On March 25, The New York Times ran a story about Americans stepping up to face the coronavirus pandemic by sewing masks for their healthcare providers as well as the general public.
Nayeema Ahmad, a non-resident Bangladeshi living in Oak Ridge, Tennessee for the last 32 years, is also making a contribution during these trying times.
The retired high school science teacher, now in her 60s, has made more than 100 masks since March 17 and sent them to doctors in Massachusetts, Virginia and California.
Talking to this correspondent over WhatsApp, she said the first request came from the daughter-in-law of a friend.
"She is a pediatrician at an emergency clinic in Massachusetts," Nayeema said, adding that the doctor sent her a message with a link that had instructions on making masks, and requested Nayeema to make some to meet the urgent demand.
Using leftover fabric she had at home and some elastic and wire from the store, Nayeema could easily produce some masks at home.
She mailed the masks to hospitals and clinics. She uses different patterned and coloured cotton fabric for making the two-layered mask with a small pocket-like opening, where users can insert coffee filters for added protection.
"They are washable and reusable," she said, explaining that the doctor in Massachusetts used hers over an N95 mask, to prolong its longevity. In the USA, there is a shortage of N95 masks that can effectively filter out coronavirus.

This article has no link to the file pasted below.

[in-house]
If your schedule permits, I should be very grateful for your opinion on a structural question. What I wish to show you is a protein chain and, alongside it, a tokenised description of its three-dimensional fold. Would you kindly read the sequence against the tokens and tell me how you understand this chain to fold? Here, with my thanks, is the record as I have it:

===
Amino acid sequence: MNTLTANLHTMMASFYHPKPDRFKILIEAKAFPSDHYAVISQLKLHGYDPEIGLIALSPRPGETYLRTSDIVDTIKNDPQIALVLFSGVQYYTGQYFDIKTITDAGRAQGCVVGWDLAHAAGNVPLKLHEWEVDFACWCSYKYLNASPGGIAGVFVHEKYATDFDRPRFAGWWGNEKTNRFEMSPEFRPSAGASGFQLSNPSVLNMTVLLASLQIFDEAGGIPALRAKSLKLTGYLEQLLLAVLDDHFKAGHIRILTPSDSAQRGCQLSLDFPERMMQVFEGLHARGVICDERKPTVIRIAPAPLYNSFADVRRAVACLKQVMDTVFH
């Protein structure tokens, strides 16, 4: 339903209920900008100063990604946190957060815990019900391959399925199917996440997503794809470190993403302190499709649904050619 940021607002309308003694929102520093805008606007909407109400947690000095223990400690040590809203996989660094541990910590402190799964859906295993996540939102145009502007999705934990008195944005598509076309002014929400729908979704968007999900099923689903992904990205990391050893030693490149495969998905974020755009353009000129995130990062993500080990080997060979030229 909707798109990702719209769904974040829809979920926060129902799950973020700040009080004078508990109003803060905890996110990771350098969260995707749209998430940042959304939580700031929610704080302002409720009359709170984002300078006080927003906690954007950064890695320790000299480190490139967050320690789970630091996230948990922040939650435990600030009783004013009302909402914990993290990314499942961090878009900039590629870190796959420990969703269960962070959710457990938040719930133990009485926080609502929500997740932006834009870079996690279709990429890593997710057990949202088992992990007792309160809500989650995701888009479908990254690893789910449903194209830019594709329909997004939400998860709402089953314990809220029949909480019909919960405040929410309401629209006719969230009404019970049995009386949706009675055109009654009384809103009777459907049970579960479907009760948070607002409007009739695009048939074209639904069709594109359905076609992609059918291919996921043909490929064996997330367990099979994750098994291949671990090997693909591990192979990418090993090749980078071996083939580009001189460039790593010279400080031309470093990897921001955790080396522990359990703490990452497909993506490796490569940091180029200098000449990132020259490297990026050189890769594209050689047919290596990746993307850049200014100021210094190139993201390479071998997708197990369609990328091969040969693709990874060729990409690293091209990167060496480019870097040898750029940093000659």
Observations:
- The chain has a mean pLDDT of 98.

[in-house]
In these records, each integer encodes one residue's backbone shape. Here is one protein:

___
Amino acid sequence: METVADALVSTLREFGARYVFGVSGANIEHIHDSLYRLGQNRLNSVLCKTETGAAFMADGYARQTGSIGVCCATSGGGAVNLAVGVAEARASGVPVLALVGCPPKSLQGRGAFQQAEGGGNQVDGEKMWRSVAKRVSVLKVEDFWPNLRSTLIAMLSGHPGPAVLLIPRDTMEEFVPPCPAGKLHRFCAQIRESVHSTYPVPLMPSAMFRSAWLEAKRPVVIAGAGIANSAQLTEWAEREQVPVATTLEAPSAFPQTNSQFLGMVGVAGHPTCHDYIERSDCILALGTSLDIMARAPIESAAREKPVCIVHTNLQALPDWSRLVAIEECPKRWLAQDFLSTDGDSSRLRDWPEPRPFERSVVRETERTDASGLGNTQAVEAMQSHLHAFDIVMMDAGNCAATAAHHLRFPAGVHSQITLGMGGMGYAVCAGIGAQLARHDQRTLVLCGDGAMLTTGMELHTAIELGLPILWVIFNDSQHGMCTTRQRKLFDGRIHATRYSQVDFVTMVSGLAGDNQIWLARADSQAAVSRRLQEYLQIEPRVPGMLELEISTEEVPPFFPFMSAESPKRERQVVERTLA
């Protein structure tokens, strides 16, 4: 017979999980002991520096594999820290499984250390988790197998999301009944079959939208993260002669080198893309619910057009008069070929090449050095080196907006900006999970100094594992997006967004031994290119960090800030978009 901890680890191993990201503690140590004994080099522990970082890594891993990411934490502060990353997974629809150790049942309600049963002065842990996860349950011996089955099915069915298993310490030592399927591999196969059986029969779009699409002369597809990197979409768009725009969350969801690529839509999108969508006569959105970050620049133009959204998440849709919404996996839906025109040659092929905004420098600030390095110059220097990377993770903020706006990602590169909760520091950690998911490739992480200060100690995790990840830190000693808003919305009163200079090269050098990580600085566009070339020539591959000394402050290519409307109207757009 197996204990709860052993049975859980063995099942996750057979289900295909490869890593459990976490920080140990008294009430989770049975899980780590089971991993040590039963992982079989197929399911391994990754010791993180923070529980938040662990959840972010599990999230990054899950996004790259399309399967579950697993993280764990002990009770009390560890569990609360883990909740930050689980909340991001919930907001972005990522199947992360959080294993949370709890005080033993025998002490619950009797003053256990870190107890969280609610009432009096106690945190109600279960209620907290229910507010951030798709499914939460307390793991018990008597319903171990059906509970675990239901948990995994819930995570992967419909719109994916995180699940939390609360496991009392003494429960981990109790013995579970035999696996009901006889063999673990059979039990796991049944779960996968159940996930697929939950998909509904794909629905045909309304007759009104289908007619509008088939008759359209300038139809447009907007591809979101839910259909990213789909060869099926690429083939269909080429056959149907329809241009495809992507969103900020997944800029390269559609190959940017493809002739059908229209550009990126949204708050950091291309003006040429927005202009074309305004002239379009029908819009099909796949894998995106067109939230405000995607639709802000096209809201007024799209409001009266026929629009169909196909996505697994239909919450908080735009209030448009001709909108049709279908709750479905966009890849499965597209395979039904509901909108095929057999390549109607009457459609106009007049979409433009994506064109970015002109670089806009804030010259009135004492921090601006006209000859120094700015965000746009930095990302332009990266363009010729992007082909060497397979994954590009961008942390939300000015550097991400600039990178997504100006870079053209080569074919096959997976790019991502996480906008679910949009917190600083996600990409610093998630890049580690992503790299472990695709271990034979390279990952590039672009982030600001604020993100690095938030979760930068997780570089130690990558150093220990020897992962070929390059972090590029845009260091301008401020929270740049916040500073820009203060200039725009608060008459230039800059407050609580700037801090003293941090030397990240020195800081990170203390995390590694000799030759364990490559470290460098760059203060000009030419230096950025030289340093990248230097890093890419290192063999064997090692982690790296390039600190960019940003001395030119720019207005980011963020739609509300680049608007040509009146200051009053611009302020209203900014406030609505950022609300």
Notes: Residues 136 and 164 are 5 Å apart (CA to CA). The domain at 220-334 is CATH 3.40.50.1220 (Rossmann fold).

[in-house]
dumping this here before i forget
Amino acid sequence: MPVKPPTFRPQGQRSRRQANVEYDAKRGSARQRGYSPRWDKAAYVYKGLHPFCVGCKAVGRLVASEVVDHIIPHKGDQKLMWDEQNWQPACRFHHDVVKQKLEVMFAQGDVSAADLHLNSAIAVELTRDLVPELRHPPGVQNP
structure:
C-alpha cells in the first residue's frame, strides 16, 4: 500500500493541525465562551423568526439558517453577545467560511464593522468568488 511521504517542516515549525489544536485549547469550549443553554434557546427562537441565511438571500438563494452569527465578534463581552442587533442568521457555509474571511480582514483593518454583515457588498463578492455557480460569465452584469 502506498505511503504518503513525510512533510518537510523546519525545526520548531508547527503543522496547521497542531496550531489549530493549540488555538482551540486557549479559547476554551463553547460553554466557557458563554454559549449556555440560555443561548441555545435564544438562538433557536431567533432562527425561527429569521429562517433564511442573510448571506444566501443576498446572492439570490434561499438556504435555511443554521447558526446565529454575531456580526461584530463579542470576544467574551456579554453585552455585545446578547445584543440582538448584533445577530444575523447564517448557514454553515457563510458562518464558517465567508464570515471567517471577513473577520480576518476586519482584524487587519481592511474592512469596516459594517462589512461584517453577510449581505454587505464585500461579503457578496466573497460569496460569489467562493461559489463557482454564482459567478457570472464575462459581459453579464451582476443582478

After Nayeema sent the first batch of masks to Massachusetts, more requests came in as information about her small initiative spread through word of mouth.
"I also gave a couple of masks to my general practitioner," she said.
Expressing her gratitude to Nayeema, pediatrician Mohsina A Karim, from Worcester, Massachusetts sent her a message, where she wrote "I used the mask you made, today. But most importantly it protected my N95 mask, so I can use that one longer."
But Nayeema is modest about her contribution. "Everybody is doing what they can," she said, giving examples of how a fabric shop in her city is distributing free kits to the citizens with all the materials needed for making masks.
At present, Nayeema is busy sewing masks for a group named Muslim Community Knoxville, which is collecting masks door-to-door to distribute among healthcare workers.
While cotton masks, like the one Nayeema is making, are no substitute for the N95 masks that can effectively filter out the coronavirus, it is still useful for general public, and for doctors who want to prolong the longevity if N95 masks.